The natural world around Priego de Córdoba
The Subbetica region in the southeast corner of the province of Córdoba covers an area of 159,190 hectares, and has a population of some 113,000 people, spread over 14 towns and villages. The Andalucian government’s environment agency has declared part of the region a national park, the Parque Natural de las Sierras Subbéticas de Córdoba, an area of major ecological importance and natural beauty, which includes the mountain ranges of Cabra, Rute and the Horconera, near Priego. The park covers an area of 31,568 hectares, uniting the towns of Cabra, Carcabuey, Doña Mencía, Iznájar, Luque, Rute, Zuheros and Priego itself.
The Sierra Horconera is particularly interesting to geologists, with its own flora and fauna, and stunningly varied scenery. Towering above it are the peaks of Bermejo, 1,476 metres high; and the highest mountain in Córdoba province, La Tiñosa , 1,570 metres, which combine to form an impressive limestone massif.
Deep valleys, soaring peaks, and almost vertical rock faces make up a rocky terrain which can be sometimes covered with snow.
The movement many millions of years ago of the earth’s surface, and the subsequent geological changes are responsible for the extraordinary variations to be found in the Sierra de Priego mountain range, the true heart of the Subbética.
From north to south, we can see the cultivation of fruit and vegetables all along the River Zagrilla; and the River Salado, which winds through the dramatic Angosturas gorge, a true natural gateway to Priego. If we trace their course upstream to the national park, we enter the foothills of the Horconera range, and the source of these rivers and others, such as the Genilla and the Tijeras. The river banks conceal a wealth of interesting plants -- a jumble of white and black poplar, willow, elm, ash, tamarisk and wild rose. During the autumn months, they take on the sinuous form of a multi-coloured serpent, with the leaves an array of shimmering greens and yellows.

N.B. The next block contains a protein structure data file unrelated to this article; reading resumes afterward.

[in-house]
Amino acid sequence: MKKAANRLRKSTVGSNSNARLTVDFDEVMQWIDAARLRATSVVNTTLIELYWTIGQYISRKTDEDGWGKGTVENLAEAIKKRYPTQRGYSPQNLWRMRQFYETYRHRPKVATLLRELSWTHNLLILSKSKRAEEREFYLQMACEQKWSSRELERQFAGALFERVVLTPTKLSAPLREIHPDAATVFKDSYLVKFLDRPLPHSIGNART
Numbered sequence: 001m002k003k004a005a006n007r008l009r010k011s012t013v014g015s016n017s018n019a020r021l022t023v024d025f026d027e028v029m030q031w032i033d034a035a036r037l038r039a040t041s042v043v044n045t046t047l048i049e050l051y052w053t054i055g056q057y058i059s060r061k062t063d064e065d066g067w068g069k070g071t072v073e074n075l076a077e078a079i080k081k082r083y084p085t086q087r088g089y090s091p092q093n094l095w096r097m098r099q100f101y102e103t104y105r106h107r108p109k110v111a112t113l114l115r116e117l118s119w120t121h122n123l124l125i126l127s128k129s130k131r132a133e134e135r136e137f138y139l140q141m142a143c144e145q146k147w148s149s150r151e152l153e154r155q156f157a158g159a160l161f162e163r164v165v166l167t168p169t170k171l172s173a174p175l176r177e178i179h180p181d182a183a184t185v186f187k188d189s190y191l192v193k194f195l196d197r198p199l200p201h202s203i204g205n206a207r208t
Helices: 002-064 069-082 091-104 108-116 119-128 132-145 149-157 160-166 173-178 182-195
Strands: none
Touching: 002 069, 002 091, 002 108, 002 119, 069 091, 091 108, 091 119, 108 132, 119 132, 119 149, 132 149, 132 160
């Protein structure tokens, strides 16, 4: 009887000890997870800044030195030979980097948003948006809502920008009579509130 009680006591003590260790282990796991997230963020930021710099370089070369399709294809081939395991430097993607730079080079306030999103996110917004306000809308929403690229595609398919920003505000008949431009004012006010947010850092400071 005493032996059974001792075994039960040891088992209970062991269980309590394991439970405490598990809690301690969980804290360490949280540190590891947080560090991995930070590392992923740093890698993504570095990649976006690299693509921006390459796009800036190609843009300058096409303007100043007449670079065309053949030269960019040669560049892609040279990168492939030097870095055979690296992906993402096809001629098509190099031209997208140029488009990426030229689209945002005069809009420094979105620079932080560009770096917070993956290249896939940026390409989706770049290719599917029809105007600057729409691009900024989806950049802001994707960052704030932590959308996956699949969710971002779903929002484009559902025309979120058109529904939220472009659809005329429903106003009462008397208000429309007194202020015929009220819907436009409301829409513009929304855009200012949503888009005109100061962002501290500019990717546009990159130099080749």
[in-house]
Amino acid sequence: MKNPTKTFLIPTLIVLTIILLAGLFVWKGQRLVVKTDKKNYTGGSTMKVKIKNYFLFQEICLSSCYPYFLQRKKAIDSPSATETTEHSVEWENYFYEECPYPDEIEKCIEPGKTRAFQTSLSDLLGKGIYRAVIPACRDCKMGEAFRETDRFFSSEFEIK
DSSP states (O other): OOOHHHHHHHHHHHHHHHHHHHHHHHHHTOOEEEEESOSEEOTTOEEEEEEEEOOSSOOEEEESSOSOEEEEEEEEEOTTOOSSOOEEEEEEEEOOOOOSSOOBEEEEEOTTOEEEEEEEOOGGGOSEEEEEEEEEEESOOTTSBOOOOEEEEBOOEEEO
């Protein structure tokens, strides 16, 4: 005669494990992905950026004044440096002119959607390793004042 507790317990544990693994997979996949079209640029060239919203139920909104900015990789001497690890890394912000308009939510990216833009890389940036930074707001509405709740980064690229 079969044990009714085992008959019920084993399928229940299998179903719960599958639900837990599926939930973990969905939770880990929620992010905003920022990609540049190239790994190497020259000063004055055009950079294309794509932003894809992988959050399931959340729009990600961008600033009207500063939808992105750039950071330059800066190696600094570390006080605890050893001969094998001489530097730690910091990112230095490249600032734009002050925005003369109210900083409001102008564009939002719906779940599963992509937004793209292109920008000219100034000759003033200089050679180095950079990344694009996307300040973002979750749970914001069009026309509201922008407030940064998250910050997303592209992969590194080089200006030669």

One of the greatest attractions of the mountains around Priego is the vegetation. There is a difference of almost 1000 metres between the lowest and highest areas, which allows for a huge variety of plants. The species of greatest botanical value are found in areas of over 1,200 metres above sea level; the holm oaks of the lower slopes give way to varieties of rock plants, a cushion of scrub known as Nun’s Pillow or Shepherd’s Bed, and the ever-present thorn bushes. This is where we find the main native plant species of the region, plants which orignally migrated from north and south: in many tucked-away valleys we can appreciate outcrops of rosemary and thyme, so beautiful when they flower, with such an attractive scent.
Of the wildlife in the area, the eagle soars above them all, the queen of the wild sierras, her unmistakeable silhouette tirelessly searching for food. This distinctive bird of prey nests in the steepest cliffs: her neighbours are often the Griffon vulture and the Peregrine falcon, of which there are several nesting pairs in the Subbética.
In the past, the mountains of Priego were the habitat of bears, wolves and other large mammals, as recorded in the hunting diaries of King Alfonso XI. Outside the boundaries of the national park is another equally interesting mountain range, the Sierra de Albayate, whose peaks rise to more than 1,200 metres, and are covered with holm oak, gall oak, wild olive, lentisc, phillyrea, honeysuckle, and juniper.